Wareham, Massachusetts (PRWEB) October 07, 2013
As the cranberry harvest season peaks across the nation, US Cranberries representatives announced today a multi-day tour introducing South Korean journalists to North Americas native cranberry in the United States largest cranberry growing state of Wisconsin.
“There is already great interest in the South Korean market for U.S. cranberries based on an over 200% increase in export volumes since 2008,” said Scott J. Soares, Executive Director, US Cranberries. “Our goal is to broaden consumer awareness and to build on South Koreas interest in healthy food products being sought by increasingly health conscious consumers.”
In South Korea, U.S. cranberry products such as tea, health bars, dried fruits and scones are at an increasing number of food outlets such as Paris Baguette, Lotte Food, Mango Six, EMart and Bread 05.
As a result of US Cranberries market development program in South Korea, four journalists, one editor in chief, and one professional photographer from leading food and lifestyle magazines will have an opportunity to observe and participate in the cranberry harvest, visit a processing and packing plant, sample a variety of cranberry products, and meet with representatives from US Cranberries and the Wisconsin State Cranberry Growers Association (WSCGA).
“This visit is a great way for one of Americas traditional fruits to be shared on the world stage, while also helping to increase awareness in South Korea of the berry and its history, sustainable growing methods and health benefits,” said Tom Lochner, executive director of WSCGA. “These journalists are well-respected in South Korea, and we want them to share this unique cranberry experience with their readers at home.”
The tour will take visitors through the heart of Wisconsins cranberry county, including a visit to the Wisconsin Cranberry Discovery Center, Jacob Searles Cranberry Co., Cranmoor Cranberry Co., Ocean Spray Cranberries, Inc. and Mariani Packing Company. The journalists will also learn how central Wisconsin Chefs are cooking with the versatile berry at specially-prepared dinners at Christians Bistro, the Silver Coach, and Great Expectations.
The total projected harvest for U.S. cranberries in 2013 is over 800 million pounds, with Wisconsin expected to break a harvest record with a projected crop of 490 million pounds of cranberries.
In seeking new opportunities to expand the year-round appeal and consumption of the cranberry in all of its versatile product forms, industry and U.S. Cranberry Marketing Committee members have organized a number of educational tours in cranberry growing states to raise B2C and B2B awareness both domestically and internationally.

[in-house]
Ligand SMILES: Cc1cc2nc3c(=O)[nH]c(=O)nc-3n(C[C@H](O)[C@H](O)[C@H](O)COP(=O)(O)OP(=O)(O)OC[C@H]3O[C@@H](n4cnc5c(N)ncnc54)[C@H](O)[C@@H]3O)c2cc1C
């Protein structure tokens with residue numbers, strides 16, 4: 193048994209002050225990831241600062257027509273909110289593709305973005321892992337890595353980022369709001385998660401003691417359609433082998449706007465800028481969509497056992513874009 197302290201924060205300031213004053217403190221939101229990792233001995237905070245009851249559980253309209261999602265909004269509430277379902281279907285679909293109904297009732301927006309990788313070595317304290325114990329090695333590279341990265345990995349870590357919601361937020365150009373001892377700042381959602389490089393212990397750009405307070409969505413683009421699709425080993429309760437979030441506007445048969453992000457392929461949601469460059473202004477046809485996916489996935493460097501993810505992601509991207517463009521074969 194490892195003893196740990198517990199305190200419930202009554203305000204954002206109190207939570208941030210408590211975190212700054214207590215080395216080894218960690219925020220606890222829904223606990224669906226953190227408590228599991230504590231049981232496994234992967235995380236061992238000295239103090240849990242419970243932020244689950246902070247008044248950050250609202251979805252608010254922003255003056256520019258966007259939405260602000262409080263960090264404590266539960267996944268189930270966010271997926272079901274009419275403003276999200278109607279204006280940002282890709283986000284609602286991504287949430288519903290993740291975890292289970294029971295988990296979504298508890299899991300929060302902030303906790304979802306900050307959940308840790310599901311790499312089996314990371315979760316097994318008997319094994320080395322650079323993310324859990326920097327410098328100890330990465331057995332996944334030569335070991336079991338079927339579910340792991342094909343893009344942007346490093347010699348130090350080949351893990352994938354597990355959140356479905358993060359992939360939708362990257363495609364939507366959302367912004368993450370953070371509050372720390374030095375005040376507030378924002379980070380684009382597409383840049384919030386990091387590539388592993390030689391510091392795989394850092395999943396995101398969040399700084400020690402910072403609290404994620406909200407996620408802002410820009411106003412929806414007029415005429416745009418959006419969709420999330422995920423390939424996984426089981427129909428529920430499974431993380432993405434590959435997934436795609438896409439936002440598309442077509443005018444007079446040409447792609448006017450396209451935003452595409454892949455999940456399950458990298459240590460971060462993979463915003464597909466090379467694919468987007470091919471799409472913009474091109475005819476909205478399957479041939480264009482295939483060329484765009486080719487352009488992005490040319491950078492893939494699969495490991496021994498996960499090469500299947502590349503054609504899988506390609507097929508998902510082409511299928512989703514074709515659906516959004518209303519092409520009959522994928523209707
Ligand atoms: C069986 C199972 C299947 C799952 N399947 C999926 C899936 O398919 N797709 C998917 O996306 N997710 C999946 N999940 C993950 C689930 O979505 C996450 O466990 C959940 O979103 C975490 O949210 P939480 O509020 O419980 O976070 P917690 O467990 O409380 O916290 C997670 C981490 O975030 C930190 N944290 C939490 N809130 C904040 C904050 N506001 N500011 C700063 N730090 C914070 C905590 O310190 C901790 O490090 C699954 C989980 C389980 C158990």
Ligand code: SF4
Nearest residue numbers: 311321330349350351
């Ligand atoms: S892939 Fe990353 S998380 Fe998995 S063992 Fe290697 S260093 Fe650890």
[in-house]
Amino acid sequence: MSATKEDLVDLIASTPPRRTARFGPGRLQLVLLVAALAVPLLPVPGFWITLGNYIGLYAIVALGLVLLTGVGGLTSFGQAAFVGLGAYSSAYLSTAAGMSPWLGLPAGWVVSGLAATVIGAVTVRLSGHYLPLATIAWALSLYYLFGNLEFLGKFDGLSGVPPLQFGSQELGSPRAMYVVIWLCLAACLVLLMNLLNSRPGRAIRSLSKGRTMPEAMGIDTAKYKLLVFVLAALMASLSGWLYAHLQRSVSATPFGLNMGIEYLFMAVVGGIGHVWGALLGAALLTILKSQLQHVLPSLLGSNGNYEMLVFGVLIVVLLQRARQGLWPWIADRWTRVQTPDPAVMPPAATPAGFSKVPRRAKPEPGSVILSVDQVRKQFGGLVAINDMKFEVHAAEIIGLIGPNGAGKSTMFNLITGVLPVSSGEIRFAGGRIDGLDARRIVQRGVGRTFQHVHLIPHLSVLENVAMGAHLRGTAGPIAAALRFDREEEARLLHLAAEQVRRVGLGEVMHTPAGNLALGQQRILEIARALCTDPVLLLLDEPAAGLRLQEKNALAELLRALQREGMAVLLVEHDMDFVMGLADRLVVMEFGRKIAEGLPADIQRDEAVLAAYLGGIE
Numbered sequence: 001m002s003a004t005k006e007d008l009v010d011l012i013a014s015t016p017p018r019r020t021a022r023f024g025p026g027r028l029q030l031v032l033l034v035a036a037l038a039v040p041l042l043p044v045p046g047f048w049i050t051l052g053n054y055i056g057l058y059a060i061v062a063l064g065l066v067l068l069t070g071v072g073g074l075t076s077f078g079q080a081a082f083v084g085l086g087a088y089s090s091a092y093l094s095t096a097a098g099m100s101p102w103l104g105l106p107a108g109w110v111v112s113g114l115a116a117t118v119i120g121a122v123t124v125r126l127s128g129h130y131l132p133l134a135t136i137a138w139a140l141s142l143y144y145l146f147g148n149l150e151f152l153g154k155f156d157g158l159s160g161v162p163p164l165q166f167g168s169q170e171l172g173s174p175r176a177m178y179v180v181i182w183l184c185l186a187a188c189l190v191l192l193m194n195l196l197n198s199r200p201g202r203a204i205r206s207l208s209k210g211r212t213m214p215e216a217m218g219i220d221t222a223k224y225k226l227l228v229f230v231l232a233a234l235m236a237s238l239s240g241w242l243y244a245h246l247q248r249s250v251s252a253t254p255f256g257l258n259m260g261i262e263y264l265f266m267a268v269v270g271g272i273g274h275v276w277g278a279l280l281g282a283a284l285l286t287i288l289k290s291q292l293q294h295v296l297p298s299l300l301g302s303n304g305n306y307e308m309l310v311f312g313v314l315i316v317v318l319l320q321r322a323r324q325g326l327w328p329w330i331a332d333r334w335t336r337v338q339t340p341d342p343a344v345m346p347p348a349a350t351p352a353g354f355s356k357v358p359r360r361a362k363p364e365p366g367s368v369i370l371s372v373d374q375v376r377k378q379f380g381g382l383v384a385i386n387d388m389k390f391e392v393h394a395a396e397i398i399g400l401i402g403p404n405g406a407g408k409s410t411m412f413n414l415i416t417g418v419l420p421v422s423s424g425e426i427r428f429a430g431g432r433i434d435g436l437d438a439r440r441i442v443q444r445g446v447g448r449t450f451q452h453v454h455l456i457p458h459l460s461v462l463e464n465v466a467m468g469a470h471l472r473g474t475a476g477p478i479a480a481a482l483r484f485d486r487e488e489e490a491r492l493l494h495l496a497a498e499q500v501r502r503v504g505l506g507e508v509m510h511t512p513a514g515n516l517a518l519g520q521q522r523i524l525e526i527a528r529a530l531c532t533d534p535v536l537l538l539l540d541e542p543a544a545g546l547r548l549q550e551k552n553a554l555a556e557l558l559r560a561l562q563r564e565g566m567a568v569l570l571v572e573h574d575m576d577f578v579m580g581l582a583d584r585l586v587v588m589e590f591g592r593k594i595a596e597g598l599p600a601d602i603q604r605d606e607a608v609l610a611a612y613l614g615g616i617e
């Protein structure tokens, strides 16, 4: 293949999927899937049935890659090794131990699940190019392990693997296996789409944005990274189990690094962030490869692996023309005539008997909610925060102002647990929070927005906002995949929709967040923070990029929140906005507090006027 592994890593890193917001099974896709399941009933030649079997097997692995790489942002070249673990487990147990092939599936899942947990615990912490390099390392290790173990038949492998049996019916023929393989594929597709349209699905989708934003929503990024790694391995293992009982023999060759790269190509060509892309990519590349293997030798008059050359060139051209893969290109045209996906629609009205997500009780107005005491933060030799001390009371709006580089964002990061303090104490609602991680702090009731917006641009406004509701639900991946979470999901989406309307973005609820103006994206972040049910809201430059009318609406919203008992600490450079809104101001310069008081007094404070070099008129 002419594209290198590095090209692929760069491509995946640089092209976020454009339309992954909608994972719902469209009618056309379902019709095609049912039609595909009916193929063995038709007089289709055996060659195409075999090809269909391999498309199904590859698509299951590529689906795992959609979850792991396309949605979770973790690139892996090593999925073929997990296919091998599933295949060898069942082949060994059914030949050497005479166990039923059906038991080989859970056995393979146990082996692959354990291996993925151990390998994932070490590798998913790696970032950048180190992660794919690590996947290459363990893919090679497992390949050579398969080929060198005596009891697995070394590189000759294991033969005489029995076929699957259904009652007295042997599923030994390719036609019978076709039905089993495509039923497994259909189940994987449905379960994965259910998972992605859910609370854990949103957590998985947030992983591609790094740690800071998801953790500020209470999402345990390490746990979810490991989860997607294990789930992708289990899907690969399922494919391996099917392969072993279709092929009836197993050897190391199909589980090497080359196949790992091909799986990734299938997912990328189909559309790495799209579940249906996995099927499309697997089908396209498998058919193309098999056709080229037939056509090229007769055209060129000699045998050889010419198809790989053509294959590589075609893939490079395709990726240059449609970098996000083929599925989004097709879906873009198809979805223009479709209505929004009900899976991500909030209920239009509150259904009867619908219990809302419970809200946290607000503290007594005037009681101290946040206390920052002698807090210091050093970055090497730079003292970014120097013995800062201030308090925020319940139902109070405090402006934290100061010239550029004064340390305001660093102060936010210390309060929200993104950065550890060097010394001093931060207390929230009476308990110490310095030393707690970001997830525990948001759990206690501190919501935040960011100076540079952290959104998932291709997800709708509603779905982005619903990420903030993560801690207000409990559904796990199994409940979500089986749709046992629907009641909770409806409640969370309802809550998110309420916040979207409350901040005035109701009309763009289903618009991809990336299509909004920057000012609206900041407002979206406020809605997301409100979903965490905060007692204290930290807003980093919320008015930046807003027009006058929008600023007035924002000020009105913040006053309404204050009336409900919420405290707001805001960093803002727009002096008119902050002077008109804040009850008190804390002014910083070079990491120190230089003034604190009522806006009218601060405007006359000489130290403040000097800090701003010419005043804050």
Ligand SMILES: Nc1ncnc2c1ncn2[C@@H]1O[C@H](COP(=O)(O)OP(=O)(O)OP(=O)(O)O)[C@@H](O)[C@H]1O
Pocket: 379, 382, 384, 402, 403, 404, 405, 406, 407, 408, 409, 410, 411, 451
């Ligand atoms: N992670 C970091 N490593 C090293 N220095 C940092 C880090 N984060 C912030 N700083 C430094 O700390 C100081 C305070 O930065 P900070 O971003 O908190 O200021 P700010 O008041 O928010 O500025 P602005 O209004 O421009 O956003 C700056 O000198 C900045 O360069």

A similar tour recently took place Oct. 1 through Oct. 3 in Southeast Massachusetts 14,000-acre cranberry growing region to introduce Russian buyers to U.S. cranberries. Massachusetts ranks second in the nation for cranberry production.
The American cranberry (Vaccinium macracarpon) is only one of three commercially cultivated native fruits. The other two are the blueberry (Vaccinium cyanoccoccus) and Concord grape (Vitis labrusca).
Cranberry Production Facts:
In order of production volumes, cranberries are commercially grown in the states of Wisconsin, Massachusetts, New Jersey, Oregon and Washington. Cranberries are also grown on a smaller scale in Connecticut, New York, Rhode Island, Minnesota, Maine and Michigan.
There are approximately 1,200 growers farming cranberries on 40,000 acres of marshes and bogs in the US. Cranberries are also commercially grown in Canada and Chile.
Fresh, frozen, dried or juice product diversification has led to a wide variety of culinary innovation opportunities.
Over a ten-year period, US cranberry export volumes have grown from 12% to nearly 30% of total production.
A serving of fresh cranberries is a good source of vitamin C and fiber, provides antioxidant polyphenols, and contains only 1 mg of sodium.
US Cranberries – US Cranberry Marketing Committee (CMC) – The CMC was established as a Federal Marketing Order in 1962 to ensure a stable, orderly supply of good quality product. Authority for its actions are provided under Chapter IX, Title 7, Code of Federal Regulations, referred to as the Federal Cranberry Marketing Order, which is part of the Agricultural Marketing Agreement Act of 1937, as amended. This Act specifies cranberries as a commodity that may be covered, regulations that may be issued, guidelines for administering the programs, and privileges and limitations granted by Congress. For more information about the CMC, visit http://www.uscranberries.com. Follow at http://www.twitter.com/uscranberries and http://www.facebook/cranbecravers.
WSCGA was founded in 1887 and is committed to developing and implementing programs that will assist growers in doing a better job of growing cranberries and strengthen the public support for the industry in Wisconsin. For more information, visit http://www.wiscran.org, Like WSCGA on Facebook and Follow on Twitter.